The case problem distributed each fall presents a hypothetical lawsuit between two countries before the International Court of Justice. Issues can include international human rights violations, terrorism, environmental responsibilities, remedies for broken treaties or contracts, nuclear free zones, and theft of cultural antiquities.
Each International Moot Court member writes a brief and prepares an oral argument based on the given international problem. The first draft of the brief is written during September/October, and orals training is concentrated in late October.
The Philip C. Jessup International Law Moot Court Competition:
The University of Minnesota Law School is among law schools from around the world that compete in the Philip C. Jessup International Law Moot Court Competition, sponsored by the Association of Student International Law Societies in Washington, D.C.
Students have the opportunity to compete in their second year. A five-member competition team is chosen in November; the other second-year students continue in the intramural program. Intramural participants rewrite their briefs in teams of two and engage in further rounds of intramural oral arguments, mostly during February and March.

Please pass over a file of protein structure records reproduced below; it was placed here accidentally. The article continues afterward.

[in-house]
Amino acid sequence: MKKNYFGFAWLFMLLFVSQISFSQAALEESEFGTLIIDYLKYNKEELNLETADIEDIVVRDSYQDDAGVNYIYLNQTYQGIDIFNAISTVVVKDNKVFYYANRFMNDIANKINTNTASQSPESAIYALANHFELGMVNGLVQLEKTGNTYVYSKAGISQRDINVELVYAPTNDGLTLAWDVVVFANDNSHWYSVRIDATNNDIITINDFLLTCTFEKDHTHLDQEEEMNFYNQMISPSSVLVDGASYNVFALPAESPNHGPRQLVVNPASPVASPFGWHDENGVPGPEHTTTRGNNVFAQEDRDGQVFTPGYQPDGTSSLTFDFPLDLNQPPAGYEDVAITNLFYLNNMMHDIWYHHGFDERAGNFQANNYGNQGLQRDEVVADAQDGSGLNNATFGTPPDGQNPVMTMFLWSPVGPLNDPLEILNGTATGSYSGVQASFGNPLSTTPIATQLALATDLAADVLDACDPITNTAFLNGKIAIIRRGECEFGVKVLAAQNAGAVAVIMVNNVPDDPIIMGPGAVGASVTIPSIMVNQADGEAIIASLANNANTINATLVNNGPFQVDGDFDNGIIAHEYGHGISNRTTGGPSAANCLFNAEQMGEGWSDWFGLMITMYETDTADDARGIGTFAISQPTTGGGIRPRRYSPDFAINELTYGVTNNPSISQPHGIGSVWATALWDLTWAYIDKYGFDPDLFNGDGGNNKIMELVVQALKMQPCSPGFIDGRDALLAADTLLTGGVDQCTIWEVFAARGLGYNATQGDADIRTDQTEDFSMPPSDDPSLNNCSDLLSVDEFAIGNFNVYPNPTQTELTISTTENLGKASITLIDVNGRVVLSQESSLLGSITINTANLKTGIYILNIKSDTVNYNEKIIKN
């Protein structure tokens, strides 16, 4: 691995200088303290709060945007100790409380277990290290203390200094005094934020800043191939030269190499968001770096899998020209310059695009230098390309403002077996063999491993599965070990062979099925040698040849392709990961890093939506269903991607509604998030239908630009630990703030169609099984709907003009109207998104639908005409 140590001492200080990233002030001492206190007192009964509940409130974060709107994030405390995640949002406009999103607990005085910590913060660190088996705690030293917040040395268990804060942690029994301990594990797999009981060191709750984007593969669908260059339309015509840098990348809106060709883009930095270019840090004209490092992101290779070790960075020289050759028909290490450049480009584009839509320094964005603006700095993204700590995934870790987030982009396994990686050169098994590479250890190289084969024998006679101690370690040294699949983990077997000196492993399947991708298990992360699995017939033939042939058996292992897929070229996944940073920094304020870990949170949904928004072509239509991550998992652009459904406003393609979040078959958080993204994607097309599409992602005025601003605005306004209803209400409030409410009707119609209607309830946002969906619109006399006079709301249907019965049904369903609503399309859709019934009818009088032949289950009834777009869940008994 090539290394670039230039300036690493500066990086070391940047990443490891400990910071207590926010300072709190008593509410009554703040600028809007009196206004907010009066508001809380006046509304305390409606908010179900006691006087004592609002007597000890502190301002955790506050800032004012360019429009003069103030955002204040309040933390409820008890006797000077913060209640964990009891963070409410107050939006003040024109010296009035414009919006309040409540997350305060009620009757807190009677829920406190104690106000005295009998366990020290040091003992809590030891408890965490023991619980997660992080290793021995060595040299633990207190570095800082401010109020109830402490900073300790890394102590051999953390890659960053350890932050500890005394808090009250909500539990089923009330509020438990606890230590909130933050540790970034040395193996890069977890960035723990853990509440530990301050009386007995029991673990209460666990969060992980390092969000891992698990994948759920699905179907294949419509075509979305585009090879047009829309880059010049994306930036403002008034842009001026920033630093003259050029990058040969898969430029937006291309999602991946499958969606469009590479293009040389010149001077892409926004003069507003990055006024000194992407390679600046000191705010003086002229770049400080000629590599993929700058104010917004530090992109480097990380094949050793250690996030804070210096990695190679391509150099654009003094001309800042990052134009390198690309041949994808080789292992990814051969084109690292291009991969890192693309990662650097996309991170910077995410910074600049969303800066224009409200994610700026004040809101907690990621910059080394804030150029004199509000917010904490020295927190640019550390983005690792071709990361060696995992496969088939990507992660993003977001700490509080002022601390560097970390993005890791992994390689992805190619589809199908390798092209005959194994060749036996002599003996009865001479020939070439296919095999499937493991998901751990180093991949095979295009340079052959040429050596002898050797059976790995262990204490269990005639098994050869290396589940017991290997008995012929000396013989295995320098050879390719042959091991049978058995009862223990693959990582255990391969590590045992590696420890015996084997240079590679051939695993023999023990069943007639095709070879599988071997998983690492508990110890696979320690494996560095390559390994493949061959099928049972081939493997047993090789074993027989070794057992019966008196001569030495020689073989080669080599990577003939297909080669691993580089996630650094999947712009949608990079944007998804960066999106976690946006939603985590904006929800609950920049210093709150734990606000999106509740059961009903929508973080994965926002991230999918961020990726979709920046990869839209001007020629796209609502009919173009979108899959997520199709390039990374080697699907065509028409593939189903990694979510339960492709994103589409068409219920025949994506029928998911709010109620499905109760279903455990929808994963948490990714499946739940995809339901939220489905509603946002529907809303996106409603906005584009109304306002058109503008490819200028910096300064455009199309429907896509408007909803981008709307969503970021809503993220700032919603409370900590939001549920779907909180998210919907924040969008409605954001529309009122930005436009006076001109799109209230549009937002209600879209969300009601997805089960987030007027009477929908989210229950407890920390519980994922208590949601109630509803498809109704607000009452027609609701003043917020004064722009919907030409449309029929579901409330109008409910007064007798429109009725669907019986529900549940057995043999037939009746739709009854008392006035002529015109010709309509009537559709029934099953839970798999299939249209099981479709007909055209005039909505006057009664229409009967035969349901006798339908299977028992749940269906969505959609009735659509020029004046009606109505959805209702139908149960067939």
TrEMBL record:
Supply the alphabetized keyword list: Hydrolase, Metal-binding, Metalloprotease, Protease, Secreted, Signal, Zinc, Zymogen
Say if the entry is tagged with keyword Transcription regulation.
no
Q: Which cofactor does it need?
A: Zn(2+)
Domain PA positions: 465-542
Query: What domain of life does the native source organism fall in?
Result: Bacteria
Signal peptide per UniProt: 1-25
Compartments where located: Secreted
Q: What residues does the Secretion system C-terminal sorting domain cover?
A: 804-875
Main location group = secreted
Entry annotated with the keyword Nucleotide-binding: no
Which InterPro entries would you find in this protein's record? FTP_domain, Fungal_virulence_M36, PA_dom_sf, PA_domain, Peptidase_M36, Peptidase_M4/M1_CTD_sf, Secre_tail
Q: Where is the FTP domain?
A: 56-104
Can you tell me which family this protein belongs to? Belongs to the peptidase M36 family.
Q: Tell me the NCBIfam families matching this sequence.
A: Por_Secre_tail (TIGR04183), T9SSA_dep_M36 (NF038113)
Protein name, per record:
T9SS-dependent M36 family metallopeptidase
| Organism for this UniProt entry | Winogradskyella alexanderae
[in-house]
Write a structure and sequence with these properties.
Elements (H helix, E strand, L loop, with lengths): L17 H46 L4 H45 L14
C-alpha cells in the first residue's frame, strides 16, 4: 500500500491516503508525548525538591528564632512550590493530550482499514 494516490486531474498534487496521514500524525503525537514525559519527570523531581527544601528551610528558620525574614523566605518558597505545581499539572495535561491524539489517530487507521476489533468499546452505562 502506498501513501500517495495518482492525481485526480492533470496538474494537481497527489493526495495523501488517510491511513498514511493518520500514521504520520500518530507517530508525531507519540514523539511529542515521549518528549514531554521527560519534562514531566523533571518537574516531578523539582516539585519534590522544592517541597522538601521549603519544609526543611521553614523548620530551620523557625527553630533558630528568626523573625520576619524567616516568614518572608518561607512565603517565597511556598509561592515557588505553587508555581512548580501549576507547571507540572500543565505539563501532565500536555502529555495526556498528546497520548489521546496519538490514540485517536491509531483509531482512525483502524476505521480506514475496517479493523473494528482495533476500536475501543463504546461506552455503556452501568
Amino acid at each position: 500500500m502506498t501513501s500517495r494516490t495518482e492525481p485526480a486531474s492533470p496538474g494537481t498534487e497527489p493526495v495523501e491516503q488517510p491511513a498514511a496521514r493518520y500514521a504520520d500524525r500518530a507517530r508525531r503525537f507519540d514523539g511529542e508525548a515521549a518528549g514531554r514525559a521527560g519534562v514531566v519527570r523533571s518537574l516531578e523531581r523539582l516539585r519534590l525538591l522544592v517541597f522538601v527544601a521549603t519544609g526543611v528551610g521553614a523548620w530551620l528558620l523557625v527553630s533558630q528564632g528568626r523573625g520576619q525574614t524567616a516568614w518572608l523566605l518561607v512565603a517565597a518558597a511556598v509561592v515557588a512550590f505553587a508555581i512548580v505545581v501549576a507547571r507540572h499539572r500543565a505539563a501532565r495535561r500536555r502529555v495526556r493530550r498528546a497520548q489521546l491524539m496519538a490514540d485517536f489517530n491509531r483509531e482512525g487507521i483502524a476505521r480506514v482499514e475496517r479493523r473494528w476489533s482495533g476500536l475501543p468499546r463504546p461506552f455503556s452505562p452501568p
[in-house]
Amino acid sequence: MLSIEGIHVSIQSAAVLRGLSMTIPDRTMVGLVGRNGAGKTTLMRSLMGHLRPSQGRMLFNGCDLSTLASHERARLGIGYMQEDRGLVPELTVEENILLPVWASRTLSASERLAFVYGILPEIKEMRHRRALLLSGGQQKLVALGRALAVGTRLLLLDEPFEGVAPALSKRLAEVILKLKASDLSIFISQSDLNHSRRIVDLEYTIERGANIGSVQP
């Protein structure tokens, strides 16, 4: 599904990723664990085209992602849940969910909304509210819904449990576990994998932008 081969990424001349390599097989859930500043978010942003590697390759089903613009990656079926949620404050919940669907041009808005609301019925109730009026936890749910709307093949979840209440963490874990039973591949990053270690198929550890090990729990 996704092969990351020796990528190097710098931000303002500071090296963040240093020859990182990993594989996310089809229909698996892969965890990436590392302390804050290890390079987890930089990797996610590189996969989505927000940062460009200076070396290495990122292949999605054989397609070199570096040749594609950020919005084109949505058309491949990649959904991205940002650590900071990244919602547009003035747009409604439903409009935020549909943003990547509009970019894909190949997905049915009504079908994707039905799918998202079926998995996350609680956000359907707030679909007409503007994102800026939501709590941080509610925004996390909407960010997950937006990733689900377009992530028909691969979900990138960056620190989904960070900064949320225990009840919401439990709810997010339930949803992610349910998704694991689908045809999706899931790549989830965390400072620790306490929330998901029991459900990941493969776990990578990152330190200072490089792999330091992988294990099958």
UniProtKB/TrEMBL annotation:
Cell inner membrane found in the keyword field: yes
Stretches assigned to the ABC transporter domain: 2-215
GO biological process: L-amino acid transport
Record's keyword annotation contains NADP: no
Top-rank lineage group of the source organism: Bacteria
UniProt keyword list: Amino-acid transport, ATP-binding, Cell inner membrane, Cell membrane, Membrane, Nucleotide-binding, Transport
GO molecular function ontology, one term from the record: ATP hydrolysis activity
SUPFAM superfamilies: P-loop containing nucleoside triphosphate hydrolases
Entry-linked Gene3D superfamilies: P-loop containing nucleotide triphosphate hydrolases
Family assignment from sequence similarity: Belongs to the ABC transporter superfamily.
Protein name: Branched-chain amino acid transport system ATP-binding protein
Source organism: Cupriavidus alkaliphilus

The competition team works together in January and February to write two team briefs and prepare for the oral competition in February or March. Competitors who are successful at regionals advance to nationals in Washington, D.C. in April. Ultimately, international winners are selected.
Competition team members have the option of becoming International Moot Court directors in their third year of law school. Additional directors are selected from among members of the intramural program to reach a total of seven directors.
In recent years, Minnesota’s International Moot Court team has won a number of regional competitions, placed well at nationals, and brought home speaker and brief awards.